David Beckham’s accomplishments during his five-year tour of Major League Soccer go far beyond simply winning MLS Cup championships.
“There are very few people anywhere in the world who don’t know about Major League Soccer because David has been here, and I don’t know we could have that global awareness and credibility just with the other positive developments,” MLS commissioner Don Garber said, as reported by aol.sportingnews.com. “I think David was really able to push the positive growth and developments to a global level.”
Beyond playing midfield, Beckham achieved much for the league. When he arrived there were 12 teams and now there are 19 teams, says aol.sportingnews.com. Attendance is up more than 20 percent. The average player salary has risen more than 80 percent. There are 10 new stadiums, with an 11th on the way in San Jose. Beckham opened the door for the influx of other foreign stars such as Thierry Henry, Robbie Keane and Alessandro Nesta.
“He’s done more in MLS and for MLS than any of us ever would have imagined,” said L.A. Galaxy coach Bruce Arena, according to aol.sportingnews.com.
But can the momentum Beckham helped create for MLS be sustained or will it drop off with his departure? Will Beckham’s legacy be as temporary as Pele’s achievements with the first North American Soccer League?
Pele was greeted with much hoopla and fanfare when he arrived in the United States in 1975 to play for the New York Cosmos. After all, he had great charisma and was regarded as the greatest player to yet live. He was later joined in New York by the greatest sweeper in history, Franz Beckenbauer of West Germany. Although they were aging superstars, Pele and Beckenbauer linked up with potent striker Giorgio Chinaglia to make the Cosmos an exciting championship squad. Attendance and TV ratings spiked and soccer took off to new heights in the U. S. But once Pele left after the 1977 season, and Beckenbauer departed shortly thereafter, the NASL began to wane. By 1984 the decline was so steep the league folded.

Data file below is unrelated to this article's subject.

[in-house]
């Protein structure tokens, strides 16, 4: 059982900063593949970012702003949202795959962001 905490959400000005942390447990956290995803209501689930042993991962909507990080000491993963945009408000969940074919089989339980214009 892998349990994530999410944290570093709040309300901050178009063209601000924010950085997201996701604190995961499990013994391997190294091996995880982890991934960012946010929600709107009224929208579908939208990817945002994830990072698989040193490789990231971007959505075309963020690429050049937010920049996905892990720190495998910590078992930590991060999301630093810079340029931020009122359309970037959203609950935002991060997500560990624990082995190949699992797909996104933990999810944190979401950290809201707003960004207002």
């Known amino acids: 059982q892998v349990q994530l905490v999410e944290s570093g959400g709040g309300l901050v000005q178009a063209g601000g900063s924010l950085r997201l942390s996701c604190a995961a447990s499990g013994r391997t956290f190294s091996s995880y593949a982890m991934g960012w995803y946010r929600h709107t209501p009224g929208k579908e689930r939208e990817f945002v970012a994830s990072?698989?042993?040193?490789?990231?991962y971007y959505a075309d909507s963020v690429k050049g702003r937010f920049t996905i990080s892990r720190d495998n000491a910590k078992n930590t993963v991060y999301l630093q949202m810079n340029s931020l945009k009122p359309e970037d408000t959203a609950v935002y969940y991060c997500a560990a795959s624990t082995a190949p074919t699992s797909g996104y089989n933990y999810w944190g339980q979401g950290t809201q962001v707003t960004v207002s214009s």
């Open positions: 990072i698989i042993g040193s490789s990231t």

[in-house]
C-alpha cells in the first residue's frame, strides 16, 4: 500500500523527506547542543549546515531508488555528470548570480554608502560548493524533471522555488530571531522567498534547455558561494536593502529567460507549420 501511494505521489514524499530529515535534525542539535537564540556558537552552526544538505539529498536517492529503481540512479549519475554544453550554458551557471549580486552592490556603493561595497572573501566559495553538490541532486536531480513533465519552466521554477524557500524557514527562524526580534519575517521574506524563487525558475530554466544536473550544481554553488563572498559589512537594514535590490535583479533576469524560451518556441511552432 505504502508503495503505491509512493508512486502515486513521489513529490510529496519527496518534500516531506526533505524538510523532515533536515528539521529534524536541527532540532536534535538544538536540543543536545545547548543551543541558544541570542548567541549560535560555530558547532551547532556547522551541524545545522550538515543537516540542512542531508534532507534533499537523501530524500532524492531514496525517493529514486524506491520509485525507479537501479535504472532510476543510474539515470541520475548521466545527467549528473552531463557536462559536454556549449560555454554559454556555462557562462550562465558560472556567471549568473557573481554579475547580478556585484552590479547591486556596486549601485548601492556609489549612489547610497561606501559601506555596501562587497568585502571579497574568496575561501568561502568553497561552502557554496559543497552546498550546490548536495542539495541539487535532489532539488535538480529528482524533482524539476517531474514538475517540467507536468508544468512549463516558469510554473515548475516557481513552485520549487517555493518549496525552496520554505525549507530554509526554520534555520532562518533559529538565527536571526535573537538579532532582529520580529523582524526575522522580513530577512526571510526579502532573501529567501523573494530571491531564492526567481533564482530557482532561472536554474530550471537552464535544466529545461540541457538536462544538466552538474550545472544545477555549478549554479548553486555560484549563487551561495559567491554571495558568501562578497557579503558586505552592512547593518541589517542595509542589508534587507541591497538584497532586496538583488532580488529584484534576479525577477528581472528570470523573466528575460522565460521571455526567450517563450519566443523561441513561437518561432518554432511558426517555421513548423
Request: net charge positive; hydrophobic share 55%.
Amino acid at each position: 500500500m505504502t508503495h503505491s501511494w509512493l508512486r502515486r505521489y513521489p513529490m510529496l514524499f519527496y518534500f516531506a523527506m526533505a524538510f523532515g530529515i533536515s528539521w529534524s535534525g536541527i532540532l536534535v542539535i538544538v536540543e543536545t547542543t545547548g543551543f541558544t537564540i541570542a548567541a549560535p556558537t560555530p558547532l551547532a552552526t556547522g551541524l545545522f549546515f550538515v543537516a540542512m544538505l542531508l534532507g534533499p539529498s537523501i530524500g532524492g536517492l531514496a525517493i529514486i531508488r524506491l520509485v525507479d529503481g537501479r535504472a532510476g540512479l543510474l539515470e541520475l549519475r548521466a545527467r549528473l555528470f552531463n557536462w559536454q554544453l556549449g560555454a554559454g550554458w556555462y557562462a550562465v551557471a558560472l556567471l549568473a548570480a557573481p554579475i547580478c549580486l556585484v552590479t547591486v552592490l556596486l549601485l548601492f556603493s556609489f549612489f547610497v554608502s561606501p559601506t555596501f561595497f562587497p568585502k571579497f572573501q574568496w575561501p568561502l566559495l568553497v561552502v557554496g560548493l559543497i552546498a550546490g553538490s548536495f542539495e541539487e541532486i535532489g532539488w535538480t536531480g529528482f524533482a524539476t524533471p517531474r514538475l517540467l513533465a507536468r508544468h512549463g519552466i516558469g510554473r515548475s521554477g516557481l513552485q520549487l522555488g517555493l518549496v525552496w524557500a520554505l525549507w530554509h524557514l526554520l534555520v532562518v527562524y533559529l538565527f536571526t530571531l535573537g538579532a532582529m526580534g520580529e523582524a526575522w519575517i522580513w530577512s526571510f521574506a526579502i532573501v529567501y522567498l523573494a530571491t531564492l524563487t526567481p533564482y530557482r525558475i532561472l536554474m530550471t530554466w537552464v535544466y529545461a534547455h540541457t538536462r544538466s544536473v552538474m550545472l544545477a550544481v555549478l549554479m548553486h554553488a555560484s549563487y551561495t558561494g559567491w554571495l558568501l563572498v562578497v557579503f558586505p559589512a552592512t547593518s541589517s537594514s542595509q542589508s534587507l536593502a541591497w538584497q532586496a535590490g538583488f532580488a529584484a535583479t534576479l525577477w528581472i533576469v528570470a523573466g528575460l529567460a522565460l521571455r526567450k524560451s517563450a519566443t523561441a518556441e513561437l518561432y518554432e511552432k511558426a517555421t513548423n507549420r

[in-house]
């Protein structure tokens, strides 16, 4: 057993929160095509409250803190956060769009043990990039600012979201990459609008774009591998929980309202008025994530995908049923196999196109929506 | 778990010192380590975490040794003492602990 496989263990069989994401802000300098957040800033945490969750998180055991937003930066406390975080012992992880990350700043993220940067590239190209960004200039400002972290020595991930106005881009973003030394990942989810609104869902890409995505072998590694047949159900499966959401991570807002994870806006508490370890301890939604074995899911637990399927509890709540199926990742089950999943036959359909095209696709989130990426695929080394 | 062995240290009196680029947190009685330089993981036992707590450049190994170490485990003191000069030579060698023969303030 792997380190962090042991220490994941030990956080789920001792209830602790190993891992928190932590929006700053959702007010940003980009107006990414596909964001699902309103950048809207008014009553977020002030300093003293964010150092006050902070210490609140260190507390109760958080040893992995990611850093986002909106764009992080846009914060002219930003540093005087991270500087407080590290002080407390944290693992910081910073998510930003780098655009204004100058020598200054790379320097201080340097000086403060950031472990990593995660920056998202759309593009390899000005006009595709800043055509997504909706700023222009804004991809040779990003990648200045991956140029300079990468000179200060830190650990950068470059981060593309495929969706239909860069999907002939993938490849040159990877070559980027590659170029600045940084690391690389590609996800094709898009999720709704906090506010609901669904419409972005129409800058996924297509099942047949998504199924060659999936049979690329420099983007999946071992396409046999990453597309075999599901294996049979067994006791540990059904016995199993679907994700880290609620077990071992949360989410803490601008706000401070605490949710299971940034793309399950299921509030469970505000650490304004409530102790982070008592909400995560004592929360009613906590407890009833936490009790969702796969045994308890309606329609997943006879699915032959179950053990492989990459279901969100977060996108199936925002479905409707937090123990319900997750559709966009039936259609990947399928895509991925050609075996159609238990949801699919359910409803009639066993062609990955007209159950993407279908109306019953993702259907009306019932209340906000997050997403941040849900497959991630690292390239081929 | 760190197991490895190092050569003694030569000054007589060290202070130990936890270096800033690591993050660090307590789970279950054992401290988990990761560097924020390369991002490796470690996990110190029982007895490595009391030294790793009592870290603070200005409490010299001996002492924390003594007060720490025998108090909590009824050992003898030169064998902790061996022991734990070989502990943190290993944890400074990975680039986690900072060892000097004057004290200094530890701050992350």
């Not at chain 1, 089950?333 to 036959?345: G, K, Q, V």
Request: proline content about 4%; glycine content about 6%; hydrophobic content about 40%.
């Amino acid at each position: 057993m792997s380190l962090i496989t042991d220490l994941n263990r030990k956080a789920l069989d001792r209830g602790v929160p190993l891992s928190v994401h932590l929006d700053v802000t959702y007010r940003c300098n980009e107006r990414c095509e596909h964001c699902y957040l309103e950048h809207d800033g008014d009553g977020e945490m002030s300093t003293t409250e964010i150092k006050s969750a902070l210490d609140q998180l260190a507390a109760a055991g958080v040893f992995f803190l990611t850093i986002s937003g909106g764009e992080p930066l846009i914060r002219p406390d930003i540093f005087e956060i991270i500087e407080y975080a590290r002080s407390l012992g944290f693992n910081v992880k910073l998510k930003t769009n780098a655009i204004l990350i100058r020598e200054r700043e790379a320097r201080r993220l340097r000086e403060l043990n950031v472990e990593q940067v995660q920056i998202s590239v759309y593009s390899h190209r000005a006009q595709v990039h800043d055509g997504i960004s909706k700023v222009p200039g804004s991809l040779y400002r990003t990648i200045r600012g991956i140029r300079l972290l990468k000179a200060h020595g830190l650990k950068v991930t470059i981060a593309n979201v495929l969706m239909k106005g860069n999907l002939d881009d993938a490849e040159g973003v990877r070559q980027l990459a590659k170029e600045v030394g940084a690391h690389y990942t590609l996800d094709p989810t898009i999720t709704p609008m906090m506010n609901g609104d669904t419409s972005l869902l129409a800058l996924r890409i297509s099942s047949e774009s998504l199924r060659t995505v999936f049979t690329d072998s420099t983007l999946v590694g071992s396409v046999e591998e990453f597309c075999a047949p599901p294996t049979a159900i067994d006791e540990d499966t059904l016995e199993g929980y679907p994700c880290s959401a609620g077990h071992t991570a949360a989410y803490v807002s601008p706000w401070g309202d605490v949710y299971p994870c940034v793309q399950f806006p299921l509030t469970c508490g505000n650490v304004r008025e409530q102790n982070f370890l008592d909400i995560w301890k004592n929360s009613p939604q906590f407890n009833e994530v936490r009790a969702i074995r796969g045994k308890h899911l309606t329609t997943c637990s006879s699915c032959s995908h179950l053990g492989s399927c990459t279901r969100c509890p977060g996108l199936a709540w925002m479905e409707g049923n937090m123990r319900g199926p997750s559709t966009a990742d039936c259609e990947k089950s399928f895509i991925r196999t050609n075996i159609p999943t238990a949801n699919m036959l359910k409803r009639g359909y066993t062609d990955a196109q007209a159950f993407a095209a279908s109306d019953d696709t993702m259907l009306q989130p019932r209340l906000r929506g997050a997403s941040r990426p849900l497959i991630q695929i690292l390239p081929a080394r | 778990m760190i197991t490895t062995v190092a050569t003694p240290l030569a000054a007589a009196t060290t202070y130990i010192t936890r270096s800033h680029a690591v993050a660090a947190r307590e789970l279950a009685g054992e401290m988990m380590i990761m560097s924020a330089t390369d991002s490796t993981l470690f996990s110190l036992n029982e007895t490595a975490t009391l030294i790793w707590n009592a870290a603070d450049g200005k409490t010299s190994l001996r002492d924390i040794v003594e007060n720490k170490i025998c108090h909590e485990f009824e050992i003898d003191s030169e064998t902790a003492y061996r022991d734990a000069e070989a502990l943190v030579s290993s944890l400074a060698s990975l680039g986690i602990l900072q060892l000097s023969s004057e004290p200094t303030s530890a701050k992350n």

Now that Beckham has stepped away, what is to keep MLS from experiencing the same fate as the NASL did without having Pele to bolster the product?
1. Soccer is now much better established in the US. When Pele joined the struggling NASL in 1975, soccer was still largely foreign to most Americans. Over the past few decades the overwhelming success of the U.S. Women’s National Soccer Team and the appearances of the U. S. Men’s National Soccer Team in several World Cup finals competitions have helped elevate the status of soccer. Americans are much more aware of soccer now. Many more Americans now play soccer or know someone who plays soccer.
2. Less reliance on Beckham than on Pele. For many reasons MLS did not have to rely upon Beckham to sell their sport as much as the NASL had to depend on Pele. Beckham may be the most glamorous and media-covered soccer player, but he was never regarded as the best player in the world or the best player in history the way Pele was. The expectation of what Pele was capable of doing on the field was greater than what was anticipated of Beckham.
3. More American stars. MLS has many established American stars such as Landon Donovan. The NASL had fewer American stars, so when Pele retired and returned home, the NASL had less to fall back on to generate local interest than MLS will have.
4. Immigration. There has been a huge infusion of soccer-knowledgeable people from Latin America and Asia over the past few decades. They can help form the fan base for MLS that was missing from the NASL.
5. MLS has a stronger foundation. The MLS was formed in 1993 and commenced play in 1996. Beckham arrived in 2007, over a decade after the league started. The MLS was built around the U.S. national team making the World Cup finals. The NASL was formed in 1968 and Pele arrived in 1975. The NASL did not have the World Cup or American players to build around. So MLS had a stronger foundation and was much more stable before Beckham arrived than the NASL had before Pele came to its rescue.
The demise of the NASL in the years after Pele retired should serve as a cautionary tale for MLS. However, the MLS is on much stronger footing than the NASL was and the MLS has a much better chance of survival without Beckham than the NASL had without Pele.